- Chemical Resistance
- Safety Data Sheets (SDS)
- Material Properties
- PRO Systems
- PE Pressure Pipe
- PE Pipe Selection
- MAOP for PE Pipes
- Temperature Influences
- Selection of Wall Thickness for Special Applications
- Hydraulic Design for PE Pipes
- Surge and Fatigue
- Slurry Flow
- Pneumatic Flow
- Expansion and Contraction
- External Pressure Resistance
- Allowable Bending Radius
- Thrust Block Support
- Conductivity, Vibration and Heat Sources
- Polyethylene Jointing
- Handling and Storage
- Trench Preparation for Buried Pipes
- Relining and Sliplining
- Pipeline Detection
- Above Ground Installation
- Accommodation of Thermal Movement by Deflection Legs
- Service Connections for PE Pipes
- Concrete Encasement
- Fire Rating
- Testing and Commissioning
- PVC Pressure Pipe
- PVC Pressure Pipe Standards
- Pressure Considerations
- PVC Temperature Considerations
- Mine Subsidence
- Water Hammer
- Thrust Support
- Air and Scour Valves
- Soil and Traffic Loads
- Bending Loads
- PVC Pipe Jointing
- Jointing Components with Ductile Iron Flanged Joints
- Service Connections for PVC Pipe
- PVC Pipe Handling and Storage
- Below Ground Installation
- Above Ground Installation for PVC Pipe
- Testing and Commissioning for PVC Pressure Pipe
- Detecting Buried Pipes
- FLUFF – Friction Loss in Uniform Fluid Flow
- Technical Notes
Jointing Components with Ductile Iron Flanged Joints
The following procedure should be adopted for jointing pipeline components with flanges complying with AS 4087 and gaskets complying with WSAA Industry Standard for Flange Gaskets and O-rings, WSA 109.
- Thoroughly clean the flange faces to be jointed, ensuring there is no dirt, particles of foreign matter, protrusions or coating build-up on the mating surfaces. Use a scraper or wire brush to remove any irregularities.
- Ensure that the mating threads of all nuts and bolts are clean and in good condition.
- Evenly apply a suitable lubricant to all mating threads, including the nut load bearing face.
- Align the flanges to be jointed and ensure that the components are satisfactorily supported to avoid bending stress on the flanged joint during and after assembly.
- Insert four bolts in locations 1 to 4 as indicated on the Figure below and position the insertion gasket on the bolts, taking care not to damage the gasket surface. Alternatively, locate the O-ring in the machined groove of the flange.
- Offer the adjoining flange to the bolts, taking care to maintain alignment and support of the components.
- Tighten nuts to finger tight and check alignment of flange faces and gasket.
- Insert the remaining bolts and tighten nuts to finger tight.
- Determine the required bolt tension and the estimated torque from Table A1 and Table A2.
- Tighten nuts to 30% of estimated torque using the star pattern detailed on the Figure below.
- Tighten to 60% of estimated torque using the same tightening sequence.
- Tighten to 100% of estimated torque using the same tightening sequence.
- Finish with one final pass, tightening to 100% of estimated torque in a clockwise direction.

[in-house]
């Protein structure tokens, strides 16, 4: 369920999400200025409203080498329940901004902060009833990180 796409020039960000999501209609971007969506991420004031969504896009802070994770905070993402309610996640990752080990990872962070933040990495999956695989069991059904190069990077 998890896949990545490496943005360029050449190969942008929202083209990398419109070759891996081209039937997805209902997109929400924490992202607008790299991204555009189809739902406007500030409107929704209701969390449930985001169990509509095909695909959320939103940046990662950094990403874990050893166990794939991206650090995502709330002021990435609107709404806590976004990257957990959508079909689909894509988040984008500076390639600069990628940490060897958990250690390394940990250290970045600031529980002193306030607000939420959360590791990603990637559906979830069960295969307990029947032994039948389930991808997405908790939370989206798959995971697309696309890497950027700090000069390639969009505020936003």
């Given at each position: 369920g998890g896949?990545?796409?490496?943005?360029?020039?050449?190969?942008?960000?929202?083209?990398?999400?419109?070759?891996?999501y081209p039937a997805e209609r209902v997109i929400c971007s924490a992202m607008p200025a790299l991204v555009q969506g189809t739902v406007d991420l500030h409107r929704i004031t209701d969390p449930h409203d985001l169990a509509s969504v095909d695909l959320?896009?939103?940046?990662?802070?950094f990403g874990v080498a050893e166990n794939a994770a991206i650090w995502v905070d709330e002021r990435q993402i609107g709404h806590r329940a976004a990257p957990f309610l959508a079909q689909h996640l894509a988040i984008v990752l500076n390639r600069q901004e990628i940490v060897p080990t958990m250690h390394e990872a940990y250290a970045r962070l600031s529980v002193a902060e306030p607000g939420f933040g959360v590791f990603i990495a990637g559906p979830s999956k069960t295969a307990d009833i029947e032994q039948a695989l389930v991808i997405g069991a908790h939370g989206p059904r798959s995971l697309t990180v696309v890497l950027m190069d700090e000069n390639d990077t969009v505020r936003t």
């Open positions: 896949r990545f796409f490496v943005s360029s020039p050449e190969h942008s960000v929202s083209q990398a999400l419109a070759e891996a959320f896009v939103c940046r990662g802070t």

Estimated Tightening Torque Values
Required bolt tensions and estimated torques have been assessed using established engineering principles. However, variation in installation procedures may result in different requirements.
The estimate torques provided in the Table below are based on the coefficients of friction (µ) indicated. Where other coefficients apply, alternative torques should be calculated. “Lightly Oiled” refers to the application of a good quality lubricating oil and is the usual as received condition of fasteners.
“Well-lubricated” refers to the application of molybdenum disulphide grease, or equivalent anti-seize compound.
This Table has been reproduced from WSA 109 and applies to the following:
- Standard Pressure Flanges AS 4087 Figure B5 Class 16
- Grade 4.6 galvanised steel bolts and nuts or Class 50 Grade 316 stainless steel bolts and nuts as indicated
- Full faced gasket 3mm EPDM seal
|Nominal Size||Bolt Size||Number of Bolts||Length of Bolts||Bolt Tension||Torque|
| Lightly Oiled Grade 4.6 galvanised steel bolts and nuts
µ = 0.22
|Well lubricated Grade 4.6 galvanised steel bolts and nuts
µ = 0.15
|Well lubricated Grade 316 Class 50 stainless steel bolts and nuts
µ = 0.20
- Grade 4.6 galvanised mild steel or Grade 316 property class 50 stainless steel bolts are proposed for joining Class 16 flanges.
- Grade 8.8 galvanised steel or Grade 316 property class 80 stainless steel studbolts are proposed for joining Class 35 Flanges.
- Bolt tensions have been calculated to counter the force due to expected internal pressure and to provide an adequate sealing stress on the nominated gasket material, without exceeding the maximum allowable gasket stress at the time of installation. The necessary torques to induce these tensions are estimated for raised face flanges with common surface finishes used in the Water Industry.
- The application of excessive torque at the time of installation may overstress the gasket causing crushing or extrusion, which can lead to leakage at operating pressures.
- The surface conditions of the threads as a result of rust, plating, coating and lubrication are the predominant factors influencing the torque/tension relationship. However there are many others including thread fit, surface texture and the speed and continuity of tightening.
- The flange faces are assumed to have a surface roughness of Ra=10-12.5 µm.
- A torque wrench is most commonly utilised to achieve the required bolt tension,however in critical applications a hydraulic tensioner should be used.